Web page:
Friday, October 15, 2004

India: Analysis - The dilemma of Indian communists

[ Ideally, the communists should have shunned parliamentary politics, as the Naxalites (Maoists) have done. Yet, the fear that such tactics will isolate them from the common people made them contest elections. Not only that, they won in states like West Bengal, Kerala and Tripura. Having come to power, they had no option but to dilute their ideology since only investment by the private sector, whether by domestic industrialists or by foreign multinational companies, can create employment. They also had to disown the earlier militant trade union tactics that led to a flight of capital from West Bengal and even now creates nervousness among potential investors. ]

The dilemma of Indian communists
Amulya Ganguli

The Indian communists are facing a dilemma caused by a mismatch between their 'revolutionary' dogma and the compulsions of functioning within a parliamentary system. However, years of being in power in the states have eroded some of their ideological rigidities, thereby introducing contradictory facets in their policies at the national and state levels.

At the centre, their first target at present is the process of liberalisation and globalisation because of its supposedly anti-poor and pro-capitalist orientation. However, if they persist with their objections, there is every likelihood of the Manmohan Singh government choosing to ignore them after a while.

Signs that the government is running out of patience with them are already available in the matter of foreign investment in the telecom sector. It is quite clear that the government is keen to raise the limits for investments in this field despite what the Left may say. In the civil aviation and insurance sectors, too, the government is likely to insist that its proposal to raise the limits for foreign investment be accepted.

If the Left backs down in this regard, it will lose face among its trade union supporters. Yet, it cannot afford to withdraw its support to the government lest it be accused of making it easier for the Bharatiya Janata Party (BJP) to claw its way back to power. The Left has already had to quietly swallow a snub from the government when the latter responded to the communist objections to the presence of foreign experts in the Planning Commission by summarily dissolving all the consultancy panels, which included several leftist economists.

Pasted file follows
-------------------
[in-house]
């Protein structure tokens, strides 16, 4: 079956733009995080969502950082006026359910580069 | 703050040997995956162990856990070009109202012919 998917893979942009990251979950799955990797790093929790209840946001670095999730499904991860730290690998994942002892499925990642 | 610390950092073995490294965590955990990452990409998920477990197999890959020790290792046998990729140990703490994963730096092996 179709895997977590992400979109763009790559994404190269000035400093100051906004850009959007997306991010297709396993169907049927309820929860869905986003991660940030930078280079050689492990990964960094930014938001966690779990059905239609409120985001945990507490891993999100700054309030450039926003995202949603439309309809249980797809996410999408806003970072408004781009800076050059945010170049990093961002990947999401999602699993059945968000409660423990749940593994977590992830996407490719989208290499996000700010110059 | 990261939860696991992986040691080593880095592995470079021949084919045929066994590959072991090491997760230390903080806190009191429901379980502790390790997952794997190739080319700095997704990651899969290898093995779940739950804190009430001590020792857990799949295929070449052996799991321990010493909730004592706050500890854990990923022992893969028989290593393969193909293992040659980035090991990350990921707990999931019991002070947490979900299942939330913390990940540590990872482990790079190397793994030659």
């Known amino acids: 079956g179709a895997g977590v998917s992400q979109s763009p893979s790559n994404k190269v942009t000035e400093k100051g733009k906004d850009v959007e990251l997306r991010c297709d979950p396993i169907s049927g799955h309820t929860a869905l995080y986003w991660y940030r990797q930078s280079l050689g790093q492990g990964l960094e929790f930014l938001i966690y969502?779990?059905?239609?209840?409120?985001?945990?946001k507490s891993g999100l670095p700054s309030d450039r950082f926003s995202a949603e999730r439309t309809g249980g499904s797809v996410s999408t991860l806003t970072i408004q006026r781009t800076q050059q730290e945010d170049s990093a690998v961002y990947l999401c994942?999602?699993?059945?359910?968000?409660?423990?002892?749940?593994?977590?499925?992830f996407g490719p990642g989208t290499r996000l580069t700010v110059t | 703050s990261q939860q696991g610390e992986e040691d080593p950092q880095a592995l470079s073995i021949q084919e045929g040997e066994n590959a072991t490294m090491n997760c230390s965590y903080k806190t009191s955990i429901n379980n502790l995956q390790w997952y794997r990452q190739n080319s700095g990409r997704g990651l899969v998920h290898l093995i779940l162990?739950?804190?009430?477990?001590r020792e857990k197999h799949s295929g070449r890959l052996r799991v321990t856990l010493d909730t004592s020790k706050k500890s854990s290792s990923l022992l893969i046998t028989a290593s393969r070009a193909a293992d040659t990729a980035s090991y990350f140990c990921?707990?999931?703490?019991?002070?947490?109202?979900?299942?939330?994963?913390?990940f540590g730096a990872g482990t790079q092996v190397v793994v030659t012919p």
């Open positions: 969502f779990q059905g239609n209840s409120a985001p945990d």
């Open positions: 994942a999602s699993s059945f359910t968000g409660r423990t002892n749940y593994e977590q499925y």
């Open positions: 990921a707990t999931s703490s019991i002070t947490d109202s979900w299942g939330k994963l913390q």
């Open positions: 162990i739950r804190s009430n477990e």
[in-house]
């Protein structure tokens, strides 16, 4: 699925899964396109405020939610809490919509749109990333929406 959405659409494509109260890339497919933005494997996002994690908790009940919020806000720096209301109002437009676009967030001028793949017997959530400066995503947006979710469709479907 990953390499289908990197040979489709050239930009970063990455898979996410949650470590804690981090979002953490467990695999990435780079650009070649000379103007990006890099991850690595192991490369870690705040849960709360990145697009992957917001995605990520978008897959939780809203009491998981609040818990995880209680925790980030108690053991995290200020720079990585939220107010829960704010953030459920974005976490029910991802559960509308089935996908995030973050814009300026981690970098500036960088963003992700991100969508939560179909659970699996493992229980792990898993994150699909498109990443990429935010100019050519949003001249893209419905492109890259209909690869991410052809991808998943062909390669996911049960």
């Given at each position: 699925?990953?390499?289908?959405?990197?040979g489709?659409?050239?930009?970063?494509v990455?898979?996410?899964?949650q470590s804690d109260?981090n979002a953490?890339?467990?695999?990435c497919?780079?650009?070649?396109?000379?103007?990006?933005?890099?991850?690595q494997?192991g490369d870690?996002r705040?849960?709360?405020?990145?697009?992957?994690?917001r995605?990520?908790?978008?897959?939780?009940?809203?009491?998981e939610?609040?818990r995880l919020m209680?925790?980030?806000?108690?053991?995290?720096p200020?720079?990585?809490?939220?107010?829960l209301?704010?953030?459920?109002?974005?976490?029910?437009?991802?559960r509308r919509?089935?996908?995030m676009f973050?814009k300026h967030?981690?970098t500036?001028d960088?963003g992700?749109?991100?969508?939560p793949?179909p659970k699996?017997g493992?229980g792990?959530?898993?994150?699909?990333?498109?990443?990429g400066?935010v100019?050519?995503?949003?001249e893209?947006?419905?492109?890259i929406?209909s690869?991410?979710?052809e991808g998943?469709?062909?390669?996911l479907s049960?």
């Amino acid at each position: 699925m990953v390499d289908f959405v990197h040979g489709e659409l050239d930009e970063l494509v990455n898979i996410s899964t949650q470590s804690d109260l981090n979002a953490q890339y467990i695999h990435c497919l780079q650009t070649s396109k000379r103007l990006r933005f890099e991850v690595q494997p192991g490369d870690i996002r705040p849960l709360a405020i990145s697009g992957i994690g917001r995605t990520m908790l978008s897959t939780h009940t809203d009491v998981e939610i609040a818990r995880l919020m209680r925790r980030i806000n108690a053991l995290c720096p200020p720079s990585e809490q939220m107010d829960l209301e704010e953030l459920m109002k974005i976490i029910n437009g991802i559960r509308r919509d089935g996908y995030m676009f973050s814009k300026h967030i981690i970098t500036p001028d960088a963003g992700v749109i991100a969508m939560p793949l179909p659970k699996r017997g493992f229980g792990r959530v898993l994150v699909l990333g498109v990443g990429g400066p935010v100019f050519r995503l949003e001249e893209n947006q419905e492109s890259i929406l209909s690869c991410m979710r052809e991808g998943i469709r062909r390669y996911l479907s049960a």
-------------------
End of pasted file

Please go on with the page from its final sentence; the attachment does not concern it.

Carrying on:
The communists face other difficulties as well. Their chief minister in West Bengal, Buddhadev Bhattacharya, has gone on record to say that the doors of the state are open to foreign investors. So the Left will not find it easy to sustain its opposition to such investment, as sought by New Delhi, for a prolonged period.

Not surprisingly, the communists are experiencing the travails of any ideologically motivated group of people having to work in an environment they are basically opposed to. Having always characterised the Congress as a representative of the landlord-capitalist class, the communists are currently trapped in a situation where they have to cooperate with it.

Ideally, the communists should have shunned parliamentary politics, as the Naxalites (Maoists) have done. Yet, the fear that such tactics will isolate them from the common people made them contest elections. Not only that, they won in states like West Bengal, Kerala and Tripura.

Having come to power, they had no option but to dilute their ideology since only investment by the private sector, whether by domestic industrialists or by foreign multinational companies, can create employment. They also had to disown the earlier militant trade union tactics that led to a flight of capital from West Bengal and even now creates nervousness among potential investors.

In West Bengal, though not so much in Kerala and Tripura, ideology has therefore yielded place to real politik. At the central level, however, the communists are still trying to give primacy of place to ideology. It is doubtful, however, whether the communists will be able to pursue this double-faced policy for any length of time if they want to retain their credibility.

One possibility is that their continuous obstruction of the economic reforms at the centre will expose them to increasing criticism and derision. But perhaps even more important for their long-term prospects, such tactics are bound to alienate the middle class, which was once the communists' base of support. It is possible that this class has already lost its patience with the Left, a realisation that has made Bhattacharya sing a different tune.

It is necessary to remember that the Indian middle class today is believed to be as large as 300 million, a huge number that no party can ignore. What is more, this group is not only increasing but its purchasing power is also going up, as the reforms begin to yield results. The communists, therefore, will soon have to find a way to resolve the obvious contradiction between what they are saying at the centre and doing in West Bengal.

If they fail to address this problem, their vote bank will dwindle only to the trade unions. Unfortunately, these not only represent a minuscule percentage of the population but also have the unflattering image of being militant where their own demands are concerned, but slothful when it comes to dealing with the public. It is not a support base, therefore, which will enhance the stature of the communists.

The communists are also having to deal with a Congress, which is now a lot more confident and ideologically driven than in the recent past. It also has at the helm leaders who are committed to economic reforms. It is evident, therefore, that the Left is fighting a battle it cannot hope to win.

Amulya Ganguli is a political analyst

Indo-Asian News Service 15/10/2004